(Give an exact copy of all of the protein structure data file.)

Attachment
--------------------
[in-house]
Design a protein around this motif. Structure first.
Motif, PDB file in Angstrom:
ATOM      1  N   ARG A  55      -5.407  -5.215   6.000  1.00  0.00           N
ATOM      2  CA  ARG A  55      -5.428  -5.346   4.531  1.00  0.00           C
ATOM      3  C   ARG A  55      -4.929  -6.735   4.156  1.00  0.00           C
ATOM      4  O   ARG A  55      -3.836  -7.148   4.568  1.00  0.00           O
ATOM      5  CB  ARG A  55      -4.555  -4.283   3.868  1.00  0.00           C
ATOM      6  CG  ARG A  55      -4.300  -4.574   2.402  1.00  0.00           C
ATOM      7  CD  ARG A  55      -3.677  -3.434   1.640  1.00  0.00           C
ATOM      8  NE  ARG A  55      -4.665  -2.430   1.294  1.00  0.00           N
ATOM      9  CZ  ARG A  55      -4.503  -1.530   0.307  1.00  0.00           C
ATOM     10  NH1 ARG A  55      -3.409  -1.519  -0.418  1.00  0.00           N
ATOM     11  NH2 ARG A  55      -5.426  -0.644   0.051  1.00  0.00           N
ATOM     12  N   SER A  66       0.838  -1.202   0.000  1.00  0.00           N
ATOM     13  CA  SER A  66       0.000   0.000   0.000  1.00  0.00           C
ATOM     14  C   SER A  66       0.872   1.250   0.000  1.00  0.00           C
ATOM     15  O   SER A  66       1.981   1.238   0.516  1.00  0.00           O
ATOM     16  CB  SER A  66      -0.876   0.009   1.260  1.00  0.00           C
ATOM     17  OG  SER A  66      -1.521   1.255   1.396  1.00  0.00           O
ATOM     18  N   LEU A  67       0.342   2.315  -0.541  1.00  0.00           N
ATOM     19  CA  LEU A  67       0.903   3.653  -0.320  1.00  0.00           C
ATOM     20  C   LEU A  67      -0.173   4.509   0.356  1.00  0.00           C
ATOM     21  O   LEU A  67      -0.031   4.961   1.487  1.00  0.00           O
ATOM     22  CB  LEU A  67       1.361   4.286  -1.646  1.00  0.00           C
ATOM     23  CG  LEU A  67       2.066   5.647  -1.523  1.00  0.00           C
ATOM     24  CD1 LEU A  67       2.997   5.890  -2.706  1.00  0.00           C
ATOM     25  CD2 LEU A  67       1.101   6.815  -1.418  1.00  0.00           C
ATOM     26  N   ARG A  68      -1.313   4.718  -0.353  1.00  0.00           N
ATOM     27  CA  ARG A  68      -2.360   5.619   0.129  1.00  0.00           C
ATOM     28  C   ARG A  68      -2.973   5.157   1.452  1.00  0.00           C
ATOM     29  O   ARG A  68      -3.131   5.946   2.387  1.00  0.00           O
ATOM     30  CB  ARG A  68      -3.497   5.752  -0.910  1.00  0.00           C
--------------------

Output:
[in-house]
Design a protein around this motif. Structure first.
Motif, PDB file in Angstrom:
ATOM      1  N   ARG A  55      -5.407  -5.215   6.000  1.00  0.00           N
ATOM      2  CA  ARG A  55      -5.428  -5.346   4.531  1.00  0.00           C
ATOM      3  C   ARG A  55      -4.929  -6.735   4.156  1.00  0.00           C
ATOM      4  O   ARG A  55      -3.836  -7.148   4.568  1.00  0.00           O
ATOM      5  CB  ARG A  55      -4.555  -4.283   3.868  1.00  0.00           C
ATOM      6  CG  ARG A  55      -4.300  -4.574   2.402  1.00  0.00           C
ATOM      7  CD  ARG A  55      -3.677  -3.434   1.640  1.00  0.00           C
ATOM      8  NE  ARG A  55      -4.665  -2.430   1.294  1.00  0.00           N
ATOM      9  CZ  ARG A  55      -4.503  -1.530   0.307  1.00  0.00           C
ATOM     10  NH1 ARG A  55      -3.409  -1.519  -0.418  1.00  0.00           N
ATOM     11  NH2 ARG A  55      -5.426  -0.644   0.051  1.00  0.00           N
ATOM     12  N   SER A  66       0.838  -1.202   0.000  1.00  0.00           N
ATOM     13  CA  SER A  66       0.000   0.000   0.000  1.00  0.00           C
ATOM     14  C   SER A  66       0.872   1.250   0.000  1.00  0.00           C
ATOM     15  O   SER A  66       1.981   1.238   0.516  1.00  0.00           O
ATOM     16  CB  SER A  66      -0.876   0.009   1.260  1.00  0.00           C
ATOM     17  OG  SER A  66      -1.521   1.255   1.396  1.00  0.00           O
ATOM     18  N   LEU A  67       0.342   2.315  -0.541  1.00  0.00           N
ATOM     19  CA  LEU A  67       0.903   3.653  -0.320  1.00  0.00           C
ATOM     20  C   LEU A  67      -0.173   4.509   0.356  1.00  0.00           C
ATOM     21  O   LEU A  67      -0.031   4.961   1.487  1.00  0.00           O
ATOM     22  CB  LEU A  67       1.361   4.286  -1.646  1.00  0.00           C
ATOM     23  CG  LEU A  67       2.066   5.647  -1.523  1.00  0.00           C
ATOM     24  CD1 LEU A  67       2.997   5.890  -2.706  1.00  0.00           C
ATOM     25  CD2 LEU A  67       1.101   6.815  -1.418  1.00  0.00           C
ATOM     26  N   ARG A  68      -1.313   4.718  -0.353  1.00  0.00           N
ATOM     27  CA  ARG A  68      -2.360   5.619   0.129  1.00  0.00           C
ATOM     28  C   ARG A  68      -2.973   5.157   1.452  1.00  0.00           C
ATOM     29  O   ARG A  68      -3.131   5.946   2.387  1.00  0.00           O
ATOM     30  CB  ARG A  68      -3.497   5.752  -0.910  1.00  0.00           C